Also state that people can come and speak to you after the seminar ends. Then the person who remained silent (perhaps due to fearing risking making a fool of him/herself or due to not feeling comfortable speaking in the prevailing atmosphere or perhaps due to having more complex thoughts that cannot be summed up in a snappy comment) can come and speak to you one to one afterwards.

    Finally, I have to say that I think these general group ‘everyone chip in a few comments’ type discussions are overrated as a way to make philosophical progress and learn. I don’t think one should have to be good at them in order to progress in the profession. Socrates insisted on talking to only one person at a time. One to one discussions have a quality that group discussions do not have. The two participants are far better placed to develop a sustained line of argument and construct a deeper shared understanding.

  17. The strategy I’ve adopted in my undergrad classes is to start off every class with each student sharing a reading response — a question, comment, or connection about the reading. We don’t discuss these as they’re being presented — rather, the point is to get everyone talking right away (it also keeps the students on top of the reading and lets me know where the students are conceptually, but those are more of side benefits). These responses are informal and short; there’s not pressure to say something revolutionary, and no student is allowed to dominate the time here. What’s nice about this is that it’s a way to ‘force’ students to speak without singling anyone out. Moreover, it gives advance warning so that shy or insecure students can prepare ahead of time; they can think about what they want to say, and then are more likely to pursue the issue during class discussion. My students have overwhelmingly liked this practice. I think something like this might have been really helpful when I was taking grad seminars, where I tended to be silent unless I was already very familiar with the topic.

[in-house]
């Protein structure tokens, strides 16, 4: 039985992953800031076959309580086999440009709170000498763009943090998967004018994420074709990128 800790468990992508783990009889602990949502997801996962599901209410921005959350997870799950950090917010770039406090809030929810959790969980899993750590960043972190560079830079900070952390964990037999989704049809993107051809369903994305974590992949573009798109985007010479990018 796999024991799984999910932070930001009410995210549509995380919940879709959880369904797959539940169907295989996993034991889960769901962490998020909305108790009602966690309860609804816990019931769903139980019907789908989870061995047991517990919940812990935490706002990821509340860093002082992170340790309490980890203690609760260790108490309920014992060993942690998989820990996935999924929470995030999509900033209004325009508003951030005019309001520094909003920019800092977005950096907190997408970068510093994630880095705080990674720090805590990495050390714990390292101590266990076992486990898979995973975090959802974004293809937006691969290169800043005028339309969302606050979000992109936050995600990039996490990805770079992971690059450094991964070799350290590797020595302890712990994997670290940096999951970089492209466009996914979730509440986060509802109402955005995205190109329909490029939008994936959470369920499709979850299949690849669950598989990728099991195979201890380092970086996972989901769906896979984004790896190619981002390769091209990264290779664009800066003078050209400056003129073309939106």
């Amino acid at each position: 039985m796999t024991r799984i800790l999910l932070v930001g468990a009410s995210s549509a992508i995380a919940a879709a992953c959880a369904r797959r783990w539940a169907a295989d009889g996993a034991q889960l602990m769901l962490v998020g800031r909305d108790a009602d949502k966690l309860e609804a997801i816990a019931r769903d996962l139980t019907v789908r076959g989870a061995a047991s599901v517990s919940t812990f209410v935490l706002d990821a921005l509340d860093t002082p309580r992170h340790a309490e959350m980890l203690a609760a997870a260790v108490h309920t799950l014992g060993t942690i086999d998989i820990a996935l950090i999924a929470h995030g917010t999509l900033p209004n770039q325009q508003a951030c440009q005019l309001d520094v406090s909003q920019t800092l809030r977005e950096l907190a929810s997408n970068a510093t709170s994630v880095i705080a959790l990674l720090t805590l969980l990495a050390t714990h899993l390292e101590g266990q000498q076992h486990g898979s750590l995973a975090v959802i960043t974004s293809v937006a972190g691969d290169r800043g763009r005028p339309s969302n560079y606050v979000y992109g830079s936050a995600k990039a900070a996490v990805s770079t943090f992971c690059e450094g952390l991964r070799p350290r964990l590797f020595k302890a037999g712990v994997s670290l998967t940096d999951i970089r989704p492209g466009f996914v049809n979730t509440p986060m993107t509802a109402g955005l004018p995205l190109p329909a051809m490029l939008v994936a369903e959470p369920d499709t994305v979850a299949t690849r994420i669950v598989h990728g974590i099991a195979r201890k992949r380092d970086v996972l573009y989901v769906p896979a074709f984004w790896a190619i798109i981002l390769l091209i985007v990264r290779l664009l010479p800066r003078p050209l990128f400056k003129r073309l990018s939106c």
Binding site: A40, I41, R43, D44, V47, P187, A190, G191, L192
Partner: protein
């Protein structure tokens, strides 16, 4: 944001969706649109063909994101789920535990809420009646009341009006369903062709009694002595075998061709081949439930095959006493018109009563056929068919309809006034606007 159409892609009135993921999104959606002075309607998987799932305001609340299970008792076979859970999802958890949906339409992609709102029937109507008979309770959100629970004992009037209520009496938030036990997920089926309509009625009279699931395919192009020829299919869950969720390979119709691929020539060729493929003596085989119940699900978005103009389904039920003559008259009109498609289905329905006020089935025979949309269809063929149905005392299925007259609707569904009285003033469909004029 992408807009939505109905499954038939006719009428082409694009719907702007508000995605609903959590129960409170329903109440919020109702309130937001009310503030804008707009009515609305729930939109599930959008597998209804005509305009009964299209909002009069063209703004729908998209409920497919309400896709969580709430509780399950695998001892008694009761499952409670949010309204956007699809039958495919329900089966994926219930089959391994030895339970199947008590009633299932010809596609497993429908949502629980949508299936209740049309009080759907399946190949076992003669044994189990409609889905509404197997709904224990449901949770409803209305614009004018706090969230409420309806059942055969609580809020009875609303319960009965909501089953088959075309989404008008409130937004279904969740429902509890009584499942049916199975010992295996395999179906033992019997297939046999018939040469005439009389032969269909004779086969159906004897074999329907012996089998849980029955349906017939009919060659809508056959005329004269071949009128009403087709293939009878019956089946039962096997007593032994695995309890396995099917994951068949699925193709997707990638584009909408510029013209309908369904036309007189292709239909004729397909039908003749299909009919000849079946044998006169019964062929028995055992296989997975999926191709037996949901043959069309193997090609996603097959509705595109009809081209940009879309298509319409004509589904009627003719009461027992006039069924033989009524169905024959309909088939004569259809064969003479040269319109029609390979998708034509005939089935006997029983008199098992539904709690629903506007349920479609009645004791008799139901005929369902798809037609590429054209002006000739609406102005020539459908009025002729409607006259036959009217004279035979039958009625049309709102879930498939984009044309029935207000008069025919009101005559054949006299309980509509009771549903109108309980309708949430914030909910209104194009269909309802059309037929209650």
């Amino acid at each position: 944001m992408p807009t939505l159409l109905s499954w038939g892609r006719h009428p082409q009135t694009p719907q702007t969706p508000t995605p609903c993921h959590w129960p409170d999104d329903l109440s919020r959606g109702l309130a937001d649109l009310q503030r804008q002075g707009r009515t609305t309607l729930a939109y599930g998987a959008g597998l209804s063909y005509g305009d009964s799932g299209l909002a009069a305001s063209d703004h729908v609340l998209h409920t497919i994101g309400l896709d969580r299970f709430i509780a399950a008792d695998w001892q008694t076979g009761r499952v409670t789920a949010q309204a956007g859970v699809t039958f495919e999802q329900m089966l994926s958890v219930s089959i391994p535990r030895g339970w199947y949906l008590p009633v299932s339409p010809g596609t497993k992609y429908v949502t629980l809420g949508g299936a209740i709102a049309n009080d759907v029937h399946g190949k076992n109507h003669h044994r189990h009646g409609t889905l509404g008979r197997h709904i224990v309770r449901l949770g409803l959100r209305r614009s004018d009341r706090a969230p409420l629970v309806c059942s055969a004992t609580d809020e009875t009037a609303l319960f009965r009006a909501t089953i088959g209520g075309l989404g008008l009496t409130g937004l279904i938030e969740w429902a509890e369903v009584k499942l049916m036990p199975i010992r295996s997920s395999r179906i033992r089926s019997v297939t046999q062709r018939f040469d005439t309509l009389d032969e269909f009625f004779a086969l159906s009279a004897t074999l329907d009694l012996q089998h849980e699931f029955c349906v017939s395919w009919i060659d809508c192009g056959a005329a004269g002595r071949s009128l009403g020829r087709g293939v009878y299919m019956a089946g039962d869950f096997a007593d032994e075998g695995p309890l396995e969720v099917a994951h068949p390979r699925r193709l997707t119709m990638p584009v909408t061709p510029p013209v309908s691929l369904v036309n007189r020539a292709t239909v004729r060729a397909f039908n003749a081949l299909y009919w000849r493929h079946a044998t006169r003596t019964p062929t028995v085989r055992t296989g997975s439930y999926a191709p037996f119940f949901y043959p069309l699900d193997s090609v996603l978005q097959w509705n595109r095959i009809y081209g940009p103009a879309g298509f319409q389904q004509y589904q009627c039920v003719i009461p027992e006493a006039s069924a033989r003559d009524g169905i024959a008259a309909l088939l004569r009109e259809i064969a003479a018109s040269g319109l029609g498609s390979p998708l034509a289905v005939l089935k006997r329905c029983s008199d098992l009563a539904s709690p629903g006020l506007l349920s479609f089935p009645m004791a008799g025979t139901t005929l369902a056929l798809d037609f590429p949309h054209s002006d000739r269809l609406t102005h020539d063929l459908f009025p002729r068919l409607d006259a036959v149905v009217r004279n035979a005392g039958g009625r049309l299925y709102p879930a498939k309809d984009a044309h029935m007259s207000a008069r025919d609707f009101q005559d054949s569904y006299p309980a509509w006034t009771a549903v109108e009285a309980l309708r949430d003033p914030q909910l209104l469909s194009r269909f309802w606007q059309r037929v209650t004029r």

18. I realize that this discussion is now a few days past the usual expiration date but I wanted to thank everyone for their advice in this discussion. I was not the thread starter but I was facing a very similar issue in one of my courses this term and I too was perplexed about what to do. I had noticed the issue almost immediately and had been wondering how best to respond to it for the last three weeks.

    I’m a (minority) male philosopher and was having trouble deciding how best to reach out to one particularly quite female student in a seminar. I’ll report my recent experience if only so that it serves as another data point: I contacted her directly (via e-mail) using an e-mail similar to Phil’s suggested e-mail up top.

    Result? From what I can tell it worked wonders. The student was actually very appreciative that I reached out to her. She expressed her shyness as partially stemming from her nature (‘naturally shy’) but also from an intimidation with the material. The conversation, I thought, was very productive and, from what I can tell, the message was positively received. I think we’re definitely moving in the right direction and frankly I don’t know if I would have gone through with this approach without this discussion (thank goodness it exists!).

Comments are closed.